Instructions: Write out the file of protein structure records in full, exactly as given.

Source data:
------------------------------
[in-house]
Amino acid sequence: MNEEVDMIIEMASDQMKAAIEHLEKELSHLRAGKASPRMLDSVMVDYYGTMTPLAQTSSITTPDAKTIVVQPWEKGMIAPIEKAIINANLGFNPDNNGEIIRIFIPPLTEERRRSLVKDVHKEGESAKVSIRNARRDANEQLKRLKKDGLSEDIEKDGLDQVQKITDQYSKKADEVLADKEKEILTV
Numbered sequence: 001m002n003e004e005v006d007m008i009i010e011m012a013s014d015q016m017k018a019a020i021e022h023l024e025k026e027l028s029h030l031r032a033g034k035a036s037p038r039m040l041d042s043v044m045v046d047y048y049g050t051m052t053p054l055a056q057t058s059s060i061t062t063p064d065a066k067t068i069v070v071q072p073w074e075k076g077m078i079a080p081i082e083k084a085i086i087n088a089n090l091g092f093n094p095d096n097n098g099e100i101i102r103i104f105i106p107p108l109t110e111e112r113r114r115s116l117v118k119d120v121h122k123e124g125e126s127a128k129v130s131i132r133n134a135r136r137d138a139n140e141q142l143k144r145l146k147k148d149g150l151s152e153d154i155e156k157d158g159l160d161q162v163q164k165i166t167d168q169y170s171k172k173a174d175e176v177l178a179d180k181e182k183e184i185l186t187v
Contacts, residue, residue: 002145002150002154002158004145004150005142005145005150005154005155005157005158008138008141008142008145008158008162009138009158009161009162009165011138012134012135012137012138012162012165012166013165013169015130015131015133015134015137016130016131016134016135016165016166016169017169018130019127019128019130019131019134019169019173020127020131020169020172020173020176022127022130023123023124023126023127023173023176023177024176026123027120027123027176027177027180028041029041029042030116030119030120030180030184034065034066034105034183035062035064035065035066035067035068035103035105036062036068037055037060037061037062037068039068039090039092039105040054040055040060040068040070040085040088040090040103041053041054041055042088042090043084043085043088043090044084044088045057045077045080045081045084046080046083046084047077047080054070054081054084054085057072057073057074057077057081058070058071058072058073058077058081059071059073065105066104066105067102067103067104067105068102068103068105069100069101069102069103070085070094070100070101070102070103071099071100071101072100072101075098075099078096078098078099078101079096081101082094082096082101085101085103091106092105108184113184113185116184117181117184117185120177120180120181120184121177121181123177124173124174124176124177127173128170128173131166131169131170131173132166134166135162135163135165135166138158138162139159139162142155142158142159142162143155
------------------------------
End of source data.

[in-house]
Amino acid sequence: MNEEVDMIIEMASDQMKAAIEHLEKELSHLRAGKASPRMLDSVMVDYYGTMTPLAQTSSITTPDAKTIVVQPWEKGMIAPIEKAIINANLGFNPDNNGEIIRIFIPPLTEERRRSLVKDVHKEGESAKVSIRNARRDANEQLKRLKKDGLSEDIEKDGLDQVQKITDQYSKKADEVLADKEKEILTV
Numbered sequence: 001m002n003e004e005v006d007m008i009i010e011m012a013s014d015q016m017k018a019a020i021e022h023l024e025k026e027l028s029h030l031r032a033g034k035a036s037p038r039m040l041d042s043v044m045v046d047y048y049g050t051m052t053p054l055a056q057t058s059s060i061t062t063p064d065a066k067t068i069v070v071q072p073w074e075k076g077m078i079a080p081i082e083k084a085i086i087n088a089n090l091g092f093n094p095d096n097n098g099e100i101i102r103i104f105i106p107p108l109t110e111e112r113r114r115s116l117v118k119d120v121h122k123e124g125e126s127a128k129v130s131i132r133n134a135r136r137d138a139n140e141q142l143k144r145l146k147k148d149g150l151s152e153d154i155e156k157d158g159l160d161q162v163q164k165i166t167d168q169y170s171k172k173a174d175e176v177l178a179d180k181e182k183e184i185l186t187v
Contacts, residue, residue: 002145002150002154002158004145004150005142005145005150005154005155005157005158008138008141008142008145008158008162009138009158009161009162009165011138012134012135012137012138012162012165012166013165013169015130015131015133015134015137016130016131016134016135016165016166016169017169018130019127019128019130019131019134019169019173020127020131020169020172020173020176022127022130023123023124023126023127023173023176023177024176026123027120027123027176027177027180028041029041029042030116030119030120030180030184034065034066034105034183035062035064035065035066035067035068035103035105036062036068037055037060037061037062037068039068039090039092039105040054040055040060040068040070040085040088040090040103041053041054041055042088042090043084043085043088043090044084044088045057045077045080045081045084046080046083046084047077047080054070054081054084054085057072057073057074057077057081058070058071058072058073058077058081059071059073065105066104066105067102067103067104067105068102068103068105069100069101069102069103070085070094070100070101070102070103071099071100071101072100072101075098075099078096078098078099078101079096081101082094082096082101085101085103091106092105108184113184113185116184117181117184117185120177120180120181120184121177121181123177124173124174124176124177127173128170128173131166131169131170131173132166134166135162135163135165135166138158138162139159139162142155142158142159142162143155